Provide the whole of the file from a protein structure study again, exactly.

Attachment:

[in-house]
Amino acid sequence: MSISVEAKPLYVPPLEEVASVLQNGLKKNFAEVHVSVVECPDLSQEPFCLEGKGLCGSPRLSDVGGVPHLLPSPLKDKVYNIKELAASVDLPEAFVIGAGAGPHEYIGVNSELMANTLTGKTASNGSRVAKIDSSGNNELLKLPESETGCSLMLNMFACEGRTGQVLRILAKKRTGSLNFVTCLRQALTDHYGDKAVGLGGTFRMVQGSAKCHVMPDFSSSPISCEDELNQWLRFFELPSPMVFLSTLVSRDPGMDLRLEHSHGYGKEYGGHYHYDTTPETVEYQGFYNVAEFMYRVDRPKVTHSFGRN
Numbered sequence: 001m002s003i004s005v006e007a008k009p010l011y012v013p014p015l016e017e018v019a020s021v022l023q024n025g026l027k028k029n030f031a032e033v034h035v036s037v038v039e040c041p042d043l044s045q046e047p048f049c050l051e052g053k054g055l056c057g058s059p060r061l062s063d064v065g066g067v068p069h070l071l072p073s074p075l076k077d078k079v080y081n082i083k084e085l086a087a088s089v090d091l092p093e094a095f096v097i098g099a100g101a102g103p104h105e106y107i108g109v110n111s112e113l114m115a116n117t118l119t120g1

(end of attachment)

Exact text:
[in-house]
Amino acid sequence: MSISVEAKPLYVPPLEEVASVLQNGLKKNFAEVHVSVVECPDLSQEPFCLEGKGLCGSPRLSDVGGVPHLLPSPLKDKVYNIKELAASVDLPEAFVIGAGAGPHEYIGVNSELMANTLTGKTASNGSRVAKIDSSGNNELLKLPESETGCSLMLNMFACEGRTGQVLRILAKKRTGSLNFVTCLRQALTDHYGDKAVGLGGTFRMVQGSAKCHVMPDFSSSPISCEDELNQWLRFFELPSPMVFLSTLVSRDPGMDLRLEHSHGYGKEYGGHYHYDTTPETVEYQGFYNVAEFMYRVDRPKVTHSFGRN
Numbered sequence: 001m002s003i004s005v006e007a008k009p010l011y012v013p014p015l016e017e018v019a020s021v022l023q024n025g026l027k028k029n030f031a032e033v034h035v036s037v038v039e040c041p042d043l044s045q046e047p048f049c050l051e052g053k054g055l056c057g058s059p060r061l062s063d064v065g066g067v068p069h070l071l072p073s074p075l076k077d078k079v080y081n082i083k084e085l086a087a088s089v090d091l092p093e094a095f096v097i098g099a100g101a102g103p104h105e106y107i108g109v110n111s112e113l114m115a116n117t118l119t120g1